With Hector forced into cover and Phoenix down, the Rindak can flip the last needed antenna. The Avatar keeps pushing and pushing on the Designated Target but Acmon dodges into close combat at the last moment. Hector heroically went down in a blaze of glory to try and slow it down too, and this costs just enough orders! The Avatar will have no problem pasting Acmon, but there’s just not enough orders to get out of close combat and kill the Designated Target.

Still, and unfortunately for me, this means Erik has more consoles and more decoys, which takes us to a

5-5, 121-231 Tie!

Post Game Analysis

Erik was elated at the tie, given our previous games, and it was well deserved. He played carefully, focused on the objectives, and stabilized the game when he needed to. I, on the other hand, squandered a stable position with a horrible late game and handed Erik what I consider the win. So what happened? Let’s pull the game apart and have a look at the big picture.

Turn 1

  • Top of 1 – I take out 3 orders, none of which are particularly consequential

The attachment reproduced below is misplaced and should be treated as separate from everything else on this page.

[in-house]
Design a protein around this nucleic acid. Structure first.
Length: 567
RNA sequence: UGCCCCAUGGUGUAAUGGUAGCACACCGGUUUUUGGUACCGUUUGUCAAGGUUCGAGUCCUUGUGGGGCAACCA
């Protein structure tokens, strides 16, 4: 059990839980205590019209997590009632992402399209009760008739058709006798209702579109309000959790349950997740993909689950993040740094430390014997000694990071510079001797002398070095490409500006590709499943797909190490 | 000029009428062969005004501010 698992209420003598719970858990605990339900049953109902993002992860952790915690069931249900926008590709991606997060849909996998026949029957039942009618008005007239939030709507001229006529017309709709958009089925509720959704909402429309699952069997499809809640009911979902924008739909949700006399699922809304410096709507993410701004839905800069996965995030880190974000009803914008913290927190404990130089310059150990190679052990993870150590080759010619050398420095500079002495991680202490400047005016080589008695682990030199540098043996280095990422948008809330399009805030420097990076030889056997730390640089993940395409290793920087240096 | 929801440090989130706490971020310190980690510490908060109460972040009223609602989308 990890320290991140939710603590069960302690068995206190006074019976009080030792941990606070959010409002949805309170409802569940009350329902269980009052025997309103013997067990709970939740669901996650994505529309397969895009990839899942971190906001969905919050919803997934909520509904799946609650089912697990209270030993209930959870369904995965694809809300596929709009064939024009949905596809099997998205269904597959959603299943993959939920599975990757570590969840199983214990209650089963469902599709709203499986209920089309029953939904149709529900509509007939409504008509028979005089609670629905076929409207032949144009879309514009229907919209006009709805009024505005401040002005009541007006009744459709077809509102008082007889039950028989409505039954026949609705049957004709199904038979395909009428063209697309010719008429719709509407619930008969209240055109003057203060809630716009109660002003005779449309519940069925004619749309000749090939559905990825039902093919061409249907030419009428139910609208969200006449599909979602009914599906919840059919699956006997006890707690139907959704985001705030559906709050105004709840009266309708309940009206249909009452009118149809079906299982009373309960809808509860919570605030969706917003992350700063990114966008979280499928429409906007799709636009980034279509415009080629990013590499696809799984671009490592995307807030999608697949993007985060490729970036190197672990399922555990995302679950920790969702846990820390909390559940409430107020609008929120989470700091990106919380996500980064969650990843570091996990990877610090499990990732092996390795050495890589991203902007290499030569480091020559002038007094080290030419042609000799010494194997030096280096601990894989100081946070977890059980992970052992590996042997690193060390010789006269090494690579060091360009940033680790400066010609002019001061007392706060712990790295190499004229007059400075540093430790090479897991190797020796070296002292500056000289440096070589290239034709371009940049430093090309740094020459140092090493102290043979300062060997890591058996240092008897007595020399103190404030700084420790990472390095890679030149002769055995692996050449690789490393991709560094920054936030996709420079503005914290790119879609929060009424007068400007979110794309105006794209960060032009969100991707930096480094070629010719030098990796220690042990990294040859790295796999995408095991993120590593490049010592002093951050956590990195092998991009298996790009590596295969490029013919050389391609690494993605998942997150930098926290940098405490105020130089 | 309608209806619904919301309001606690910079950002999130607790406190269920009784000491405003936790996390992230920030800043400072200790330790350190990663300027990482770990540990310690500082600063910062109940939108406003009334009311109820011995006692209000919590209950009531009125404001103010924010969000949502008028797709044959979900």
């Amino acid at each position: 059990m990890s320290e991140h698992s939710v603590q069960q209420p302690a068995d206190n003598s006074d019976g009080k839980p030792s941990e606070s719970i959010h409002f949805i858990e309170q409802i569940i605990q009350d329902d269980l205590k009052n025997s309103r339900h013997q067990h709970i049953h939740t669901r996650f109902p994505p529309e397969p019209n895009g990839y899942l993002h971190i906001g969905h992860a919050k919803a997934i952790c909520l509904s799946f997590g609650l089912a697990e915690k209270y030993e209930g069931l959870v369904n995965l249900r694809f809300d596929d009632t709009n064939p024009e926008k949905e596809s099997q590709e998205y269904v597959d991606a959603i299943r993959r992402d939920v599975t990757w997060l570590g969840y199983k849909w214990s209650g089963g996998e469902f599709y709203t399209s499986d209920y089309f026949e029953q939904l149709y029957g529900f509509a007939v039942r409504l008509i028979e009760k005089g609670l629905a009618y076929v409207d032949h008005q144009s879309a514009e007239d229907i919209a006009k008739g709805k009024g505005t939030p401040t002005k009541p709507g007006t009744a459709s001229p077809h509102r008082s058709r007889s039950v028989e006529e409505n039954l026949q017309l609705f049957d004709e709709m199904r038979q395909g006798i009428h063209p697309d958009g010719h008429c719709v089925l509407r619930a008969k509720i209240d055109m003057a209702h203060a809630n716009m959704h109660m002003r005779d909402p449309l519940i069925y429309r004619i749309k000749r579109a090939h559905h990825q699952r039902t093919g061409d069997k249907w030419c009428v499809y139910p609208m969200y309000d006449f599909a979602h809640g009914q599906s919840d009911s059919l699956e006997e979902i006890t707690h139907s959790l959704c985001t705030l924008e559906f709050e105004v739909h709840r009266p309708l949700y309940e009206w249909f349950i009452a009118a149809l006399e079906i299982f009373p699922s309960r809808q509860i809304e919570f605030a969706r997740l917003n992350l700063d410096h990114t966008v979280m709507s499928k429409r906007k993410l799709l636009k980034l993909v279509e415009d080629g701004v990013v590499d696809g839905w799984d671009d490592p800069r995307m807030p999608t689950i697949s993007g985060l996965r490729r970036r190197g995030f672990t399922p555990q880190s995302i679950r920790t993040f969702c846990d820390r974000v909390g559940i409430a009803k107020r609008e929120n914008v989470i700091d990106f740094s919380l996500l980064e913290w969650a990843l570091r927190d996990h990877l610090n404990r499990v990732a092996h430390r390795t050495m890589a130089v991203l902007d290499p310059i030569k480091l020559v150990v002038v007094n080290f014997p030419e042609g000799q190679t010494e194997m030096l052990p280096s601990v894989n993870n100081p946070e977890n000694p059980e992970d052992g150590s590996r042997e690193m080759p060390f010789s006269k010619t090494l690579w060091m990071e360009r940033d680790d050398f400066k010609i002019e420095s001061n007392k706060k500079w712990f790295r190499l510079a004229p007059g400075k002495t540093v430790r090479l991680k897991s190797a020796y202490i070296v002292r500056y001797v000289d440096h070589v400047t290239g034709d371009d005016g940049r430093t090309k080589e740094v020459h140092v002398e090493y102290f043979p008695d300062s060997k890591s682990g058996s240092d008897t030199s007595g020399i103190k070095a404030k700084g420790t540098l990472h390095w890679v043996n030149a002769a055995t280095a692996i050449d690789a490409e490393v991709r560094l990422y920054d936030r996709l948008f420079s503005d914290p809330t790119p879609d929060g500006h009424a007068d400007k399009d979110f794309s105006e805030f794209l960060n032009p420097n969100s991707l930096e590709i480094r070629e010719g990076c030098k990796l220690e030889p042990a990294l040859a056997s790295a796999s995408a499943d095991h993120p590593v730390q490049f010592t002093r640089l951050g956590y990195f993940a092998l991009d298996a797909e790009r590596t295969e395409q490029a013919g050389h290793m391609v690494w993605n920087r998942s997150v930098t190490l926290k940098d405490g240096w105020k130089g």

• Bottom of 1 – Erik takes out a mine, a Daleth, and the Thorakitai

This is not that great, honestly, for me. Taking out an R-Drone and an Ikadron isn’t really all that good against an Avatar list. I did at least take down a Taigha, which is good. Taking out Bit is great, but really I want to take down the Rindak and Caliban. If I do that I’m in great shape. I’d almost prefer taking out the Rindak and Caliban over Bit here, because Bit is significantly more fragile in the midfield, even if she is a bit of a threat to Hector and Pandora.

I had the tools to deal with both, and I think it would have been much better to be more aggressive against them with fast units like the Daleth, or even the forward-deployed Thyreos. That might actually be a reasonable use case to attack the Rindak with the Thyreos, as the mono gets around the multi-wound and I can always mine plant then SMG if I need to.

So I think I really had a chance here to actively do some damage instead of passively parking a Daleth on top of the Rindak and let Erik do some damage. I’d almost rather spend my entire order pool taking down the Rindak. That isn’t to say the Caliban isn’t a threat, but I have much better tools for dealing with that–there just aren’t any good tools against a Rindak except spending the orders.